Pirate barter: bookshops for reading

826 Valencia product.

Sometimes the coolest things are not the big icons like the bridges and the buildings, but the efforts of people to do good and to do right. And we saw some of that today.

San Francisco is one of those places that’s on the very cutting edge of the world. Google and countless startups orbit the city. It’s the sort of place where there are billboards on the highways advertising for jobs in cool high-tech companies. It’s the sort of place where start-ups strut their stuff and trends take shape. And it is a town without big bookshops.

We have a 15-hour flight looming and so had been planning to buy some real books here in San Francisco. We generally buy books on Kindle or iBooks these days but we all had a small list of books not available electronically that we’d been saving up. So we rocked into town looking for a bookshop, and found that there were… none to be found.

Notice board at 826 Valencia.

Well that’s not, quite, true. There’s a bookshop sub-culture, but nothing mainstream. There are no big bookshops, simply none. We can only assume that online bookstores have completely out-competed them. There are a few small independent bookstores, hanging on and making a point of supporting each other; but clearly the book market here has shifted significantly over the last few years. We went to a speciality science fiction shop and listening to the conversations at the counter felt a little like becoming involved in a subversive movement. I’m not sure that’s a bad thing as I love small bookshops; but if you’re an international traveller of no fixed abode there’s also a place for big bookshops that’s sorely missed in San Francisco.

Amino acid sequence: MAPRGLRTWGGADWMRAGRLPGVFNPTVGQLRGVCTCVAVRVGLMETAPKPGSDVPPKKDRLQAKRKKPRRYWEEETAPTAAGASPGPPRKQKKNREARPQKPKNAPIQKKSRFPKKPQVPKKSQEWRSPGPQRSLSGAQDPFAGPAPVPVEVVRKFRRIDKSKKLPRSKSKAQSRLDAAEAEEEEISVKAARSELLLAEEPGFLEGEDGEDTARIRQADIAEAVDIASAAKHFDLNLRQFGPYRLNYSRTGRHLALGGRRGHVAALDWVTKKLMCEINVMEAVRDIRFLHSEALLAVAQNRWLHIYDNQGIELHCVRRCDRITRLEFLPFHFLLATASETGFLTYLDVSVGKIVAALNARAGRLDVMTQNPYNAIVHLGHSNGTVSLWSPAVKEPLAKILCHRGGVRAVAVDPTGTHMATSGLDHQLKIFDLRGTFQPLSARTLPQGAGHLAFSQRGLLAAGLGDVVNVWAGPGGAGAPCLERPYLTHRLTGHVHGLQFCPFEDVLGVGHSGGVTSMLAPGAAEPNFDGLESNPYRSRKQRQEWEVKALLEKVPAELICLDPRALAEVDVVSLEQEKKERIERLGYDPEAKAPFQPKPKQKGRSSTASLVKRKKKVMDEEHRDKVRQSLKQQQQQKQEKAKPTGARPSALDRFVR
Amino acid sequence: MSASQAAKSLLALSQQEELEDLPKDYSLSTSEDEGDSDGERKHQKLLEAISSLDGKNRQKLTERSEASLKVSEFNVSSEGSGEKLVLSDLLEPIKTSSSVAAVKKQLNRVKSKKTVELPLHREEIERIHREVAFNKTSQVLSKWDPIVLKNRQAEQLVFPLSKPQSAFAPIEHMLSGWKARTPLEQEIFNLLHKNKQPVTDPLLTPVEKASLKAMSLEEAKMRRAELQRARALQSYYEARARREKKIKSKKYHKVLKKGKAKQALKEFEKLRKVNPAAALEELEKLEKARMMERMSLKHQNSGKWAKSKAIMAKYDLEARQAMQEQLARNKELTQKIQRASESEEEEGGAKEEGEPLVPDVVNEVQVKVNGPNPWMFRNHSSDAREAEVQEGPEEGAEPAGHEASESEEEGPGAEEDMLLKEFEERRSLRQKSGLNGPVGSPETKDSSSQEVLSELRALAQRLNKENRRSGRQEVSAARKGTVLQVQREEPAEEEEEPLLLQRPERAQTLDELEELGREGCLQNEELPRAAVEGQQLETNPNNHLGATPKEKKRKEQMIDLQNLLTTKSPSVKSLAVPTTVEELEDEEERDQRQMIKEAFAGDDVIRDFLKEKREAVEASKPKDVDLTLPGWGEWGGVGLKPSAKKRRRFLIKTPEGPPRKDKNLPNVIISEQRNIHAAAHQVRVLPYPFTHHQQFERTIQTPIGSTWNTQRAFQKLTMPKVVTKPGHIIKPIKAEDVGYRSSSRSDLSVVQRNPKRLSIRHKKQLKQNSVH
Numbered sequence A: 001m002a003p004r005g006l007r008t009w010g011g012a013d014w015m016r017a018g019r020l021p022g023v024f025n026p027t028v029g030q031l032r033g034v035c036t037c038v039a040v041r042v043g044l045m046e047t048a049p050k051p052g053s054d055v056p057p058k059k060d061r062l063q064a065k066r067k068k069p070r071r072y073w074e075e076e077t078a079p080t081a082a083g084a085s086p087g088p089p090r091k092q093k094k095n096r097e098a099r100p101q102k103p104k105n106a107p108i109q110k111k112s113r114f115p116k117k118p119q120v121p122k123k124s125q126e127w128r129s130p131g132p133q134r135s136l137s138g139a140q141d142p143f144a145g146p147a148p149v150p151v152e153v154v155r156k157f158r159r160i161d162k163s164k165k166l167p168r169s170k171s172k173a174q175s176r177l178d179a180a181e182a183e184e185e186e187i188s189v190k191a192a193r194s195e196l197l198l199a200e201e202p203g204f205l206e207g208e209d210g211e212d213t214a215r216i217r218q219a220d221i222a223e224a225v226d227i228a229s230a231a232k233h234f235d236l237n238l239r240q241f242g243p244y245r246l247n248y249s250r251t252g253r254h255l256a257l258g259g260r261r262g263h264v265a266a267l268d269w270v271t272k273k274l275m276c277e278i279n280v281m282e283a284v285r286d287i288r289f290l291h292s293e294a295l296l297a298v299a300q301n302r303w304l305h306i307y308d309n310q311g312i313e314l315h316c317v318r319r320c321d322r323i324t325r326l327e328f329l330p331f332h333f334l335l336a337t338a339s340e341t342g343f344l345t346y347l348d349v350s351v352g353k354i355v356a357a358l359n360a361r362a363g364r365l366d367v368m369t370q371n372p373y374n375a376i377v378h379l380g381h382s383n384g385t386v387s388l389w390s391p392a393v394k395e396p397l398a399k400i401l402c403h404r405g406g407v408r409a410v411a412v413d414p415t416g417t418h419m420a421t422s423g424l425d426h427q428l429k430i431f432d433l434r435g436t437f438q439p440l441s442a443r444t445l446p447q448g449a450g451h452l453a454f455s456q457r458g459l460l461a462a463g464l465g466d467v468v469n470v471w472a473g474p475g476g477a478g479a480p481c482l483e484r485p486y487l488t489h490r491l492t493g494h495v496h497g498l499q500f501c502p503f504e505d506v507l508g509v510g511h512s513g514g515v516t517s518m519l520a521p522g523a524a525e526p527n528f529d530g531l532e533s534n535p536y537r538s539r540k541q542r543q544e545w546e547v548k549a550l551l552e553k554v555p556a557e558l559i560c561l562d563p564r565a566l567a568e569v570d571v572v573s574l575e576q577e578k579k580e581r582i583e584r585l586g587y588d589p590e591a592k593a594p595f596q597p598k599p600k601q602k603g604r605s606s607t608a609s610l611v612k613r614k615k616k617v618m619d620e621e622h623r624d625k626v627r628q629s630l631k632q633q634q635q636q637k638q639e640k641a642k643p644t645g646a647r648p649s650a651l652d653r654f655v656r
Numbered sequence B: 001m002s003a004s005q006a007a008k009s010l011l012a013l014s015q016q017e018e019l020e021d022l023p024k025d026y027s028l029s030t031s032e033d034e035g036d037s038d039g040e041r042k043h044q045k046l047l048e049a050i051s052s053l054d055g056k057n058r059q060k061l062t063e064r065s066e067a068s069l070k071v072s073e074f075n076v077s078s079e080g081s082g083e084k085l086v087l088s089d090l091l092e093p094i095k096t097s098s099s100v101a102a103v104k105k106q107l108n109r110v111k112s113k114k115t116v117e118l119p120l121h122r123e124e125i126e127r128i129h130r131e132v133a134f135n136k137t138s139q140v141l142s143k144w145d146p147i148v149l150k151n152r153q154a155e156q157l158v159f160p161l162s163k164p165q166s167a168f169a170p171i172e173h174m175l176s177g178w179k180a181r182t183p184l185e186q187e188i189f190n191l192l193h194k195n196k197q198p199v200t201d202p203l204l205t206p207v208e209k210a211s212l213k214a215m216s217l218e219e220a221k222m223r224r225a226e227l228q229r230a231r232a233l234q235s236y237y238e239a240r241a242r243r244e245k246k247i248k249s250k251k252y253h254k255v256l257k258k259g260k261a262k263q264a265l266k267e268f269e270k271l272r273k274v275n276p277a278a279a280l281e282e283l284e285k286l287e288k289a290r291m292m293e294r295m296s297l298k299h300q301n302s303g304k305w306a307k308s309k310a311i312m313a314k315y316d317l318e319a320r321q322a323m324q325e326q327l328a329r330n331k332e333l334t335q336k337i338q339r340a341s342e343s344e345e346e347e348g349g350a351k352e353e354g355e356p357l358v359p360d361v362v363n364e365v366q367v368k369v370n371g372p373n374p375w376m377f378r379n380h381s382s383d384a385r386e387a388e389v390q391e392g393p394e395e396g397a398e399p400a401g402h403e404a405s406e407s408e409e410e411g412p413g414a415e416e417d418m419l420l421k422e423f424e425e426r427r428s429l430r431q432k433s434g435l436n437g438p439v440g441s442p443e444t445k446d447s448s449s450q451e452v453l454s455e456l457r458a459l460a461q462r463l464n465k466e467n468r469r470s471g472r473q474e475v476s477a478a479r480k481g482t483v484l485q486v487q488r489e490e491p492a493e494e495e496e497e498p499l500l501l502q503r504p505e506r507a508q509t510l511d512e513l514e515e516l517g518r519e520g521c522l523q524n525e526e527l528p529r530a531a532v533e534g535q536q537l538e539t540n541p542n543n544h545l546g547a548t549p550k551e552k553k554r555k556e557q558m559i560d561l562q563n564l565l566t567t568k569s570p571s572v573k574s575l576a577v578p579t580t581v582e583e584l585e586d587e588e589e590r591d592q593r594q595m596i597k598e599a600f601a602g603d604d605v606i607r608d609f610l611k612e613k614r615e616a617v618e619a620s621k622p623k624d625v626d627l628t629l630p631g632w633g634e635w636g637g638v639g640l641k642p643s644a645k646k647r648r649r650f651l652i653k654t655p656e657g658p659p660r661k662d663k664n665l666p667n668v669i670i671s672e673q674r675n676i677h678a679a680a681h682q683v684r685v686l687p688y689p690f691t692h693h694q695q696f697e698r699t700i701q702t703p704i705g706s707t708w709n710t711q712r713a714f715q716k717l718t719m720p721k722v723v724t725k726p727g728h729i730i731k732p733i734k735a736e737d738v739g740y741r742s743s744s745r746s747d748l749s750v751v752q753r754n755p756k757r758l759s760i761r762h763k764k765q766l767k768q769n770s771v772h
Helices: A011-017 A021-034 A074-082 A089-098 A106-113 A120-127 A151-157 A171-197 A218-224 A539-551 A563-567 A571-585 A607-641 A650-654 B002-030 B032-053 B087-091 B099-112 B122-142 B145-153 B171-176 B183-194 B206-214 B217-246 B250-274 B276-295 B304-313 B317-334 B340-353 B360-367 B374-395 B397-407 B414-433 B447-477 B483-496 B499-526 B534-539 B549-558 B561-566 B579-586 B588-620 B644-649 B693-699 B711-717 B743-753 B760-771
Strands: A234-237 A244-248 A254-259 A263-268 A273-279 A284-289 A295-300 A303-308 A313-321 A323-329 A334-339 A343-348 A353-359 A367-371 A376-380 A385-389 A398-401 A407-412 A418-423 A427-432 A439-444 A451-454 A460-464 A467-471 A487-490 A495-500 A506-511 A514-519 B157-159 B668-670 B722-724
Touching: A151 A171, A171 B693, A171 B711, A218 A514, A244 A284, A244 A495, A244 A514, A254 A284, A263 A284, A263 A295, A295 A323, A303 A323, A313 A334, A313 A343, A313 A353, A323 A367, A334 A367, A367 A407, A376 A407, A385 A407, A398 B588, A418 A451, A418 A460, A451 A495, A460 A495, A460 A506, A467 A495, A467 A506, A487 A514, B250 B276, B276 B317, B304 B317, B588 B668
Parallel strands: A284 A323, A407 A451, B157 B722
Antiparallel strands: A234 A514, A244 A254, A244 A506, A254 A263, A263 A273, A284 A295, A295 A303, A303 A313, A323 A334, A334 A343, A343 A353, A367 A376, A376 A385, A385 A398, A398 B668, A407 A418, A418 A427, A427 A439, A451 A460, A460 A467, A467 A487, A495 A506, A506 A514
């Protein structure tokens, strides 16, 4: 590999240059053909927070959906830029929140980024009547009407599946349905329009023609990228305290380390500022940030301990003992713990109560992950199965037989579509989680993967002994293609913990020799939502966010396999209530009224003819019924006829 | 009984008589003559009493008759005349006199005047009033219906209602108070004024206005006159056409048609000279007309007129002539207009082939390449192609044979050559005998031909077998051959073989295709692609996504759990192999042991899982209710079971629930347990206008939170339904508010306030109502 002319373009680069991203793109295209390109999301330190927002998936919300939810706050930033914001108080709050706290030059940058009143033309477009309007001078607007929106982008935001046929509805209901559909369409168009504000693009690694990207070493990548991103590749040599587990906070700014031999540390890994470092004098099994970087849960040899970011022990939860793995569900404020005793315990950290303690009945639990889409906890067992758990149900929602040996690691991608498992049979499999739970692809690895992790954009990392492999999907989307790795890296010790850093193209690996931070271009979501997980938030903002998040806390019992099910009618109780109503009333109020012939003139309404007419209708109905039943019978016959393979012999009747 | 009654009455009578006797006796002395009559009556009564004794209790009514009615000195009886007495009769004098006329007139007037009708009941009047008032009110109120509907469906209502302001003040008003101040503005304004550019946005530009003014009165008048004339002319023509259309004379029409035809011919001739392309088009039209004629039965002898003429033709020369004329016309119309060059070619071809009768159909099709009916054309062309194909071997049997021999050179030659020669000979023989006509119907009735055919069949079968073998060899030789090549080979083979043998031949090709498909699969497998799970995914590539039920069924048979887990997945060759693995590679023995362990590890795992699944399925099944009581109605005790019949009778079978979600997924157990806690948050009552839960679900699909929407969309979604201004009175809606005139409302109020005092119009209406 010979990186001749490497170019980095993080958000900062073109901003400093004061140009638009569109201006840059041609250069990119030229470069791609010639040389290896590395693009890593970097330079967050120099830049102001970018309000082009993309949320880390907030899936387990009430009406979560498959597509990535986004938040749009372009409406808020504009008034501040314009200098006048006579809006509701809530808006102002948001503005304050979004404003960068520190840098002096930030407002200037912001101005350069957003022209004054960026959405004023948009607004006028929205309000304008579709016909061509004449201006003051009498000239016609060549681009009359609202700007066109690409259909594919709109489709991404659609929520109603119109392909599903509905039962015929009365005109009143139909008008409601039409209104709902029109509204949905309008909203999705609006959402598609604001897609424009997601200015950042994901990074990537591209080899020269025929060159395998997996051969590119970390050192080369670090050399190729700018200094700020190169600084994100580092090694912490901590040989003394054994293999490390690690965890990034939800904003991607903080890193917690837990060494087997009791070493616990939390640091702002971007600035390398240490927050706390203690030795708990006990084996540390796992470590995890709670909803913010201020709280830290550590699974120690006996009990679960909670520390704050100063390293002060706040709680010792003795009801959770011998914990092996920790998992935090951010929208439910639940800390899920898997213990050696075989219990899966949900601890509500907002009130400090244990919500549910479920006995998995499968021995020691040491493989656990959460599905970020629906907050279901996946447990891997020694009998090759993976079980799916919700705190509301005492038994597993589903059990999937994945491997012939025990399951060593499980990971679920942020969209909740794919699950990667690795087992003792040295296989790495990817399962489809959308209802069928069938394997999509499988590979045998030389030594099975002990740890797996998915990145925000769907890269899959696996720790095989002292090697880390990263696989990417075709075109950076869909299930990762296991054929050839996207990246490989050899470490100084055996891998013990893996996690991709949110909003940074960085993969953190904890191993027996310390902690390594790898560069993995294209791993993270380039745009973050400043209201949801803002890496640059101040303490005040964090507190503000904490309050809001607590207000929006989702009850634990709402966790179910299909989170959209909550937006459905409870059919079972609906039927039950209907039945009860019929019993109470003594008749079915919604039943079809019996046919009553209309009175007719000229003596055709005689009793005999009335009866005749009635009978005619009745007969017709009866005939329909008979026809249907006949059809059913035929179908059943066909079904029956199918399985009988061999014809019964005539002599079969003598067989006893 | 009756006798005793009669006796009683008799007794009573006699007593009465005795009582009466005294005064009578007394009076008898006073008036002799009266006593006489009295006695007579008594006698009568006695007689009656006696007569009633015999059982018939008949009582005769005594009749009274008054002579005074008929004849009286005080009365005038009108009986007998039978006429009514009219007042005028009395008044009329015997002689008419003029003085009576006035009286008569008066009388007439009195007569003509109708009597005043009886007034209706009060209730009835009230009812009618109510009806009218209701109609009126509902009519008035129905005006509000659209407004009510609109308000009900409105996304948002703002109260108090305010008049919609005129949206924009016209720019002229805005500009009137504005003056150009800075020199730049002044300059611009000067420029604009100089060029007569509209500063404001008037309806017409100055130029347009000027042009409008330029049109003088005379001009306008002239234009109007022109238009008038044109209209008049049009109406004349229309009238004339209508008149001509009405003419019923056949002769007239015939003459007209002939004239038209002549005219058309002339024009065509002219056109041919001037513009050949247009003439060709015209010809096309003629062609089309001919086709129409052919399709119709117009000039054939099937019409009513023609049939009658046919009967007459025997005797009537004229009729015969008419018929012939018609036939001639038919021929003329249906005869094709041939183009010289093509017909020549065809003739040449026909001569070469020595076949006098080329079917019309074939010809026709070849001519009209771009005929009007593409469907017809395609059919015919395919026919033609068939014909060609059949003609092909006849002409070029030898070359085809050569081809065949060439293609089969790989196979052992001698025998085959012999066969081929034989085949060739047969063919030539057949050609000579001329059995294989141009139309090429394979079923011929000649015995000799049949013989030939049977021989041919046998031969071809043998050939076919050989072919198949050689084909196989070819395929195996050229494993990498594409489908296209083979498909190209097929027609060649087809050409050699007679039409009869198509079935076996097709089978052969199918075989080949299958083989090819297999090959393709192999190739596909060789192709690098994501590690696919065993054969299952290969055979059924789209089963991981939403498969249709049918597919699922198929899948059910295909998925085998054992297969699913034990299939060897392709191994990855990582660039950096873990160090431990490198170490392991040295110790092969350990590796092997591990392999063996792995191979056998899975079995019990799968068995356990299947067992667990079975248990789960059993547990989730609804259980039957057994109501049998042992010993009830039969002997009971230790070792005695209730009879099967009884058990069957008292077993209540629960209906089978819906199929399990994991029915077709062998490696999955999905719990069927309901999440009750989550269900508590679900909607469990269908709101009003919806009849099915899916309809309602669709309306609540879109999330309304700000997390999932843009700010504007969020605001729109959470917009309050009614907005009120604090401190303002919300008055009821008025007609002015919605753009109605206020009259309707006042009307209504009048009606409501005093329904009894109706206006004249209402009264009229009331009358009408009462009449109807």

But cutting edges are always double-edges. There may be a lack of big bookshops but there is the Pirate Supply Store at 826 Valencia. Ever since we saw Dave Eggers amazing TED talk (which everyone really should watch; really, if I could persuade you to do anything, it would be to watch this talk), Jennifer and I’ve been keen to visit his flagship store. Today, as we searched for a bookshop, we got a chance to do so. The cool thing is that it’s a shop filled with amazing pirate gear; it is what every shop should be, an absolute adventure in its subject matter. The walls are filled with drawers of pirate-themed items, from cutlasses to manacles, and covered with witty posters. The goods are specifically created and range from peg-legs to eye-patches to “Blackbeard’s Beard Dye”.

Pirate essentials.

We walked in and our attention was captured by a display of small skulls behind magnifying glasses, as we peered at them a hidden trapdoor opened above our heads and a pile of mop-heads poured down upon us – we had been mopped. Upon closer examination, the display included rules about when the mops would and wouldn’t drop.

The boys dug for treasure in a huge vat filled with sand but could only keep their finds by bartering a joke, song or drawing with the pirate behind the counter (luckily they’d come prepared with pirate jokes). The front of house is just a complete and utter joy. There was a shelf of previously bartered drawings stretching back for years.

While the shop is cool, with capital letters all over it, the hidden agenda of behind-the-scenes courses to help kids with literacy surround the whole place with a golden glow. The entire idea from concept to execution is simply and totally stunning. It is really what all places should be – a brilliant combination of something that is individual, innovative, enchanting and in a thoroughly good cause.

I have no idea if the dynamics are even connected, let alone if they make the two things mutually exclusive, but if the trade-off is between huge bookshops and little themed stores with an agenda of teaching kids to read then there’s no question that that’s a good bit of barter.

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